Why is Chicken Bedding Absorbency Important?

Chicken Bedding Absorbency is important for several reasons. Most importantly, some bedding materials don’t absorb moisture, or absorb and don’t dry out. Both of these factors create problems in a chicken coop. If you’ve been in a smelly chicken coop the most likely reason was too much moisture, or not enough ventilation. Excess moisture leads to increased ammonia being released from bedding. As a result, respiratory problems are created for the chickens and, in general, leads to a smelly coop. In addition, both wet litter and too much ammonia are the leading contributors to ulcerous lesions on chickens’ feet known as footpad dermatitis. Finally, excess moisture in bedding can attract flies and can cause mold. During our testing we observed that some containers full of moist bedding (just water – no chicken droppings) became swarmed by flies. Ideally it is beneficial to select a bedding material that will absorb moisture, wick it away from the surface and dry quickly.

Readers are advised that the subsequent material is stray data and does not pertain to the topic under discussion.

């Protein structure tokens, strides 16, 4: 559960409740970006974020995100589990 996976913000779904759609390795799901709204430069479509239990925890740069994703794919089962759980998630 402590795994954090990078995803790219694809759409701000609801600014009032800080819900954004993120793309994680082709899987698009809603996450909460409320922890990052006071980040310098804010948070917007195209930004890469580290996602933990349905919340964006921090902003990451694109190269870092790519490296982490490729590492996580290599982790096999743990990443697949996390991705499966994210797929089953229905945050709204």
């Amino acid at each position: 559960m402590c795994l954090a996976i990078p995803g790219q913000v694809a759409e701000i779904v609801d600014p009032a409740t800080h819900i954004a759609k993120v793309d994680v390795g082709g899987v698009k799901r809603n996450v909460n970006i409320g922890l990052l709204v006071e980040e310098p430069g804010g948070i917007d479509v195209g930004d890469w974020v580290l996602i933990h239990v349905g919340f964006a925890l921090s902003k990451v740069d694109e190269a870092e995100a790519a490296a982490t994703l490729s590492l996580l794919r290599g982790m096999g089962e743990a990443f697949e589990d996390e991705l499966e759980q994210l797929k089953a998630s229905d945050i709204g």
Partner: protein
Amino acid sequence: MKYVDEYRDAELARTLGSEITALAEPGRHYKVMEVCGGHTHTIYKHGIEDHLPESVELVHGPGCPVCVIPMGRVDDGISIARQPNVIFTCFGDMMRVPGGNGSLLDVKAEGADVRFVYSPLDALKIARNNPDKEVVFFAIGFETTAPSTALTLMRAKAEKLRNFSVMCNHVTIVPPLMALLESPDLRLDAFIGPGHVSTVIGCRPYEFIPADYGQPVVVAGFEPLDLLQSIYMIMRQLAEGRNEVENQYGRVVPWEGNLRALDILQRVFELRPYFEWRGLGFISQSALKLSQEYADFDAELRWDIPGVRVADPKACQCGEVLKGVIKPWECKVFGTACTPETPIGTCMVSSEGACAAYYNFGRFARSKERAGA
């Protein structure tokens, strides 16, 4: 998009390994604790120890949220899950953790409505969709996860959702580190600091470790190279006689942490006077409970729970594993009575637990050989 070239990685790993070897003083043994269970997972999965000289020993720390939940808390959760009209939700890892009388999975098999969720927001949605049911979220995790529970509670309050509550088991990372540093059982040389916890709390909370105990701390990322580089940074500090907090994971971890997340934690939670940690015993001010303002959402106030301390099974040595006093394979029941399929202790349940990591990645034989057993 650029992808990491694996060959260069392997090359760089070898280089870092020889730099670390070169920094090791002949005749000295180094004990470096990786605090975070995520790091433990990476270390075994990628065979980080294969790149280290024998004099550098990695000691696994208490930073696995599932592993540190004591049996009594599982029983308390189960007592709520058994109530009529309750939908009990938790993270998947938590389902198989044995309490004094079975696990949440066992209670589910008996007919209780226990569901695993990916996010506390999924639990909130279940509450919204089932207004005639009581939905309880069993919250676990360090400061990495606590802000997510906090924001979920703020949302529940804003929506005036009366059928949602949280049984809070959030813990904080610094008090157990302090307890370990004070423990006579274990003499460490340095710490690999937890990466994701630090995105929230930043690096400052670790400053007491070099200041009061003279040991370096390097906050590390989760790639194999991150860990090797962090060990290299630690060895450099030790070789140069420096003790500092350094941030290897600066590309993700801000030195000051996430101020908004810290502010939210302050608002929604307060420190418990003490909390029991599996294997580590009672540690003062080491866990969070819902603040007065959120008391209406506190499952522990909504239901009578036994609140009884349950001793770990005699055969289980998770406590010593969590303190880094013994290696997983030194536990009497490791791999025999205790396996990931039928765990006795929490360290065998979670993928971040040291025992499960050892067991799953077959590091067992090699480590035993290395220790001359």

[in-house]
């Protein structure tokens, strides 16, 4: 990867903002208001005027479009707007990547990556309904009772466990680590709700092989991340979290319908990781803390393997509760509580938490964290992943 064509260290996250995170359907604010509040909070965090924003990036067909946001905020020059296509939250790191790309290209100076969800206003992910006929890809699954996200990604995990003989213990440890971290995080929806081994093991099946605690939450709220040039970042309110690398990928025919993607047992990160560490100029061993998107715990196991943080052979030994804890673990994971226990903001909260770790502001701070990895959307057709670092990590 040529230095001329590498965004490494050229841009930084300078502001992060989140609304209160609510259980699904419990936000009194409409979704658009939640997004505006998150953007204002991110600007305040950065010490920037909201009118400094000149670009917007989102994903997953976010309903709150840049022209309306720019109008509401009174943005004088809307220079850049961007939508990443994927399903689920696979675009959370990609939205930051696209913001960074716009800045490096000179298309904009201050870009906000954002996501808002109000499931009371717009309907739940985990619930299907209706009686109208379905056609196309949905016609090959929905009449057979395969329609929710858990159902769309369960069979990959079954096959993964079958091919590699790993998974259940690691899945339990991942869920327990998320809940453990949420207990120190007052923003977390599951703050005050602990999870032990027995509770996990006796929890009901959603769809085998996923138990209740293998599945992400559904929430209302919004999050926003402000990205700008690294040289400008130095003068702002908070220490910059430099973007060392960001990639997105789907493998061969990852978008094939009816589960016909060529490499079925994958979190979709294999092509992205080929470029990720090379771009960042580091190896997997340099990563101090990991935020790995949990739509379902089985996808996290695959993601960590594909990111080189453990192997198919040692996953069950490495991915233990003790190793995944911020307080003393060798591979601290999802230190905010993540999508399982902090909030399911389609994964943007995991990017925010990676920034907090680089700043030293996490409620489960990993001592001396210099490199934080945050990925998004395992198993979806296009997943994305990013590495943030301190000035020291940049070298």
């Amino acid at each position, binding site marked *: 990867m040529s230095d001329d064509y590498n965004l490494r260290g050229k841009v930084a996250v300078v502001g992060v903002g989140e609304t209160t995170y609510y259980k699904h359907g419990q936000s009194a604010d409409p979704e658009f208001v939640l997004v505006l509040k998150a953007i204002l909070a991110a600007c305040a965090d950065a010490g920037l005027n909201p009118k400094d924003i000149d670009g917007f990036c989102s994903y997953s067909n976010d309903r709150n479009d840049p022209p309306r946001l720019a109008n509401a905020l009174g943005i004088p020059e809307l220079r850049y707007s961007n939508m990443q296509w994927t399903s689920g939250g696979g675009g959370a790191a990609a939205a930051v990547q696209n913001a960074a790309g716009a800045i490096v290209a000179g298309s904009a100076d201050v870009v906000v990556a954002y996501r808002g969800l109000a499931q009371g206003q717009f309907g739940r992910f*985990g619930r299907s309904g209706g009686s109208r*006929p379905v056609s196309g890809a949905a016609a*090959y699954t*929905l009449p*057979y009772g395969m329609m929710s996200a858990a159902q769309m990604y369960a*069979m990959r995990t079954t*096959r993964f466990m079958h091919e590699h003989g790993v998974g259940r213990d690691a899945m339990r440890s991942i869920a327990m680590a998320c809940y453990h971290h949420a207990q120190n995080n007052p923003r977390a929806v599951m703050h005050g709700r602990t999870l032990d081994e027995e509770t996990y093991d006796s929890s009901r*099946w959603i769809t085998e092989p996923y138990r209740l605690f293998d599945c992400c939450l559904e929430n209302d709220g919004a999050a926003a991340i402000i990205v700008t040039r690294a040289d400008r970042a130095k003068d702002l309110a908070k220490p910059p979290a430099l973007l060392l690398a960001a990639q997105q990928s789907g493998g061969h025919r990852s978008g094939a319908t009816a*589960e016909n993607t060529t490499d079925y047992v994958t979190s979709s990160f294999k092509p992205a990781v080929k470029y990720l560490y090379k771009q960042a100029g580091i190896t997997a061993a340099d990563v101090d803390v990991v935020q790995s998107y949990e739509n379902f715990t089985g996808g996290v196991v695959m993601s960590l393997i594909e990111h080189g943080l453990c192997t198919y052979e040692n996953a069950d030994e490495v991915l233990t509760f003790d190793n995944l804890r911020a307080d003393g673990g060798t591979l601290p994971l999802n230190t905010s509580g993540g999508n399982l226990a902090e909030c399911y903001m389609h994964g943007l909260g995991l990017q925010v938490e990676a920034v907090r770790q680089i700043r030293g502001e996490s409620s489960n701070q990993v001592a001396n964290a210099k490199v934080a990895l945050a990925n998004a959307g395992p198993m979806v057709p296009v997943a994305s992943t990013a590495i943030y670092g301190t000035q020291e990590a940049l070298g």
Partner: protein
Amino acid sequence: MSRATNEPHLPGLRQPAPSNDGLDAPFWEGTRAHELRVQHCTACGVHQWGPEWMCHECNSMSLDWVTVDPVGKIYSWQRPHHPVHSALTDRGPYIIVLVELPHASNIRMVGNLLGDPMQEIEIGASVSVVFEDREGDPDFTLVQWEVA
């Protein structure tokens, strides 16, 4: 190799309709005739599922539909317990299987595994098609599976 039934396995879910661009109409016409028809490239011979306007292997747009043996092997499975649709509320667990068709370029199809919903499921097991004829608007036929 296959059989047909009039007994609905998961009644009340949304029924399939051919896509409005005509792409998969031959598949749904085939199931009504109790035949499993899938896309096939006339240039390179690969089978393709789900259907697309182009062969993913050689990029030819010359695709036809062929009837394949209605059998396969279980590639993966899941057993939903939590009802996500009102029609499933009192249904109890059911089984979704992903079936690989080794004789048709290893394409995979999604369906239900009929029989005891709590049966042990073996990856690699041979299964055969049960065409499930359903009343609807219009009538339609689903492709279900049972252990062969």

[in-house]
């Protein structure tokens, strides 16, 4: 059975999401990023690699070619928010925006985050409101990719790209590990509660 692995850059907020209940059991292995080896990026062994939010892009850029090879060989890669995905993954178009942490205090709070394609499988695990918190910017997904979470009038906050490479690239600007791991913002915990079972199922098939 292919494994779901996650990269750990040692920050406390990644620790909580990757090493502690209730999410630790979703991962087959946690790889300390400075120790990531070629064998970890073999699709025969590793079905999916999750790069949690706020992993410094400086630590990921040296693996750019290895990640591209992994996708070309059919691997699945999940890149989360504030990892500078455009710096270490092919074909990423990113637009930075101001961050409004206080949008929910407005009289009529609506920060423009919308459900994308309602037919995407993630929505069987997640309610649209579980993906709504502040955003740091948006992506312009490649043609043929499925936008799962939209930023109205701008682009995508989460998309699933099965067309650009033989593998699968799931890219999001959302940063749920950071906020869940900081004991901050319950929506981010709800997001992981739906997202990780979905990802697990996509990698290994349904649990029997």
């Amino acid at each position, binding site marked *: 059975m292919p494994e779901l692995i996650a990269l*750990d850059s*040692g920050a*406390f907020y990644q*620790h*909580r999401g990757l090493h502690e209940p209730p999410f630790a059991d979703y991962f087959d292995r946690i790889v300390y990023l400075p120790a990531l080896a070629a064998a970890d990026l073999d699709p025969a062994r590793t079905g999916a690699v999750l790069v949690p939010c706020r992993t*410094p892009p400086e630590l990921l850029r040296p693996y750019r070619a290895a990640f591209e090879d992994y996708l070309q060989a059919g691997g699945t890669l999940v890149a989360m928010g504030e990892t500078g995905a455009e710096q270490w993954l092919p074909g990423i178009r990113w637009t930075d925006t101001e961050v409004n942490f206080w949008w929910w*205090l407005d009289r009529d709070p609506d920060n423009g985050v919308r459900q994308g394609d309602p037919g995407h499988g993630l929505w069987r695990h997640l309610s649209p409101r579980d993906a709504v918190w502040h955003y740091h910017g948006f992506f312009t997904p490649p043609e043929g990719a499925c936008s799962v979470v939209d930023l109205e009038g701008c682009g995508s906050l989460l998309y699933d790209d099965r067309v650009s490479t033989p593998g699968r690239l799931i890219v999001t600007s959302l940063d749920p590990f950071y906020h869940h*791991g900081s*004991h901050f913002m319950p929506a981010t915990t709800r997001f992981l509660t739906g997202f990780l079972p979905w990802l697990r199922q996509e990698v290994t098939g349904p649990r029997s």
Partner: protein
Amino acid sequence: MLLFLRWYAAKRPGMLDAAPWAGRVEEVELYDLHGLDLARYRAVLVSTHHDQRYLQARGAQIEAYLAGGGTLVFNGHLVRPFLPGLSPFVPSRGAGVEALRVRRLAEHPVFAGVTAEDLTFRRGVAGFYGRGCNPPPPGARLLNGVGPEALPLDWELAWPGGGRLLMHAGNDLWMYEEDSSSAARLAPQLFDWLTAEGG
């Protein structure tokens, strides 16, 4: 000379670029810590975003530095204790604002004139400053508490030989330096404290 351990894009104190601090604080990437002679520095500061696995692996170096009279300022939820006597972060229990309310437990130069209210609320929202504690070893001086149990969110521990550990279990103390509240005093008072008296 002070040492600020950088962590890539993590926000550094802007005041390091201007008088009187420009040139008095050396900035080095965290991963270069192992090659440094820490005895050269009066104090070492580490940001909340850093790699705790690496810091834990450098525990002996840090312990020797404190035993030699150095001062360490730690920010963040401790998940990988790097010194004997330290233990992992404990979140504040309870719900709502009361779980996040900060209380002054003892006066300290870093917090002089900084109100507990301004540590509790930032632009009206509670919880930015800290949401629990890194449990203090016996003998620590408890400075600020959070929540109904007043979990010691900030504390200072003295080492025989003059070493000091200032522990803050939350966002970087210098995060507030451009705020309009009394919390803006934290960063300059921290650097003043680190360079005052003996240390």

Paw Lesions

Test Evaluation Parameters

Since we are evaluating chicken bedding materials for absorbency use in the henhouse there were two main criteria we were interested in:

  1. Dust profile – How dusty is the bedding and how messy is it to work with?
  2. Absorbency – How much moisture is the bedding material able to retain?

Dust was evaluated because at worst, with enough exposure it can be harmful to human’s and chicken’s respiratory systems. At best it is an irritant.

Dusty Chicken Coop

Dust Testing